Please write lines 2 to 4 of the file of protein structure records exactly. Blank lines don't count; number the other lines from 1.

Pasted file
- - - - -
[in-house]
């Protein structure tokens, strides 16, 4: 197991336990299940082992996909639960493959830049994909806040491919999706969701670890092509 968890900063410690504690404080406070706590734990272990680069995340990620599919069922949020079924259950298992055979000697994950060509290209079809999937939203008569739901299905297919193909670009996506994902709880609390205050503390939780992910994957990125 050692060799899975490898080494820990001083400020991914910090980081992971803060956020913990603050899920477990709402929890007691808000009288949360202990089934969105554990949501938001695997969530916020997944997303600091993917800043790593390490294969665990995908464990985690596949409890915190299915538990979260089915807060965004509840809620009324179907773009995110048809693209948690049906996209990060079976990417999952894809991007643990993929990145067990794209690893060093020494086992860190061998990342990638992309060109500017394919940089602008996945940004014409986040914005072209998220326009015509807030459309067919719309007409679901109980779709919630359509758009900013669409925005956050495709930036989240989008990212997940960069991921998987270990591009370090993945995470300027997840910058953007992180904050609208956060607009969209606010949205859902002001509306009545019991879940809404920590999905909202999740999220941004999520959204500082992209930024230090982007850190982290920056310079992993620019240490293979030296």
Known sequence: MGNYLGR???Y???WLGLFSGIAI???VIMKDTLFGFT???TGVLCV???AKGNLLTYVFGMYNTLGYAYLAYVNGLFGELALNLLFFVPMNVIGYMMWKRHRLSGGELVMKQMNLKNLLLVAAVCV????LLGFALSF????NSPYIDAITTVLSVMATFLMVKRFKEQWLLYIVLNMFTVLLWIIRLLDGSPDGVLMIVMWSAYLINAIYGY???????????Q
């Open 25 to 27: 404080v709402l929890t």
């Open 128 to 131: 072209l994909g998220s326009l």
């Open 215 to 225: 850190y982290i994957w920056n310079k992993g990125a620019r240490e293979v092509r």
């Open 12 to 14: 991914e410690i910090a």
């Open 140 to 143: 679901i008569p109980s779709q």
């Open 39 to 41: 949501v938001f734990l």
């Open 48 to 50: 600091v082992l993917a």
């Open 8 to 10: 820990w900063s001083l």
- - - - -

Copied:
């Protein structure tokens, strides 16, 4: 197991336990299940082992996909639960493959830049994909806040491919999706969701670890092509 968890900063410690504690404080406070706590734990272990680069995340990620599919069922949020079924259950298992055979000697994950060509290209079809999937939203008569739901299905297919193909670009996506994902709880609390205050503390939780992910994957990125 050692060799899975490898080494820990001083400020991914910090980081992971803060956020913990603050899920477990709402929890007691808000009288949360202990089934969105554990949501938001695997969530916020997944997303600091993917800043790593390490294969665990995908464990985690596949409890915190299915538990979260089915807060965004509840809620009324179907773009995110048809693209948690049906996209990060079976990417999952894809991007643990993929990145067990794209690893060093020494086992860190061998990342990638992309060109500017394919940089602008996945940004014409986040914005072209998220326009015509807030459309067919719309007409679901109980779709919630359509758009900013669409925005956050495709930036989240989008990212997940960069991921998987270990591009370090993945995470300027997840910058953007992180904050609208956060607009969209606010949205859902002001509306009545019991879940809404920590999905909202999740999220941004999520959204500082992209930024230090982007850190982290920056310079992993620019240490293979030296």
Known sequence: MGNYLGR???Y???WLGLFSGIAI???VIMKDTLFGFT???TGVLCV???AKGNLLTYVFGMYNTLGYAYLAYVNGLFGELALNLLFFVPMNVIGYMMWKRHRLSGGELVMKQMNLKNLLLVAAVCV????LLGFALSF????NSPYIDAITTVLSVMATFLMVKRFKEQWLLYIVLNMFTVLLWIIRLLDGSPDGVLMIVMWSAYLINAIYGY???????????Q
């Open 25 to 27: 404080v709402l929890t």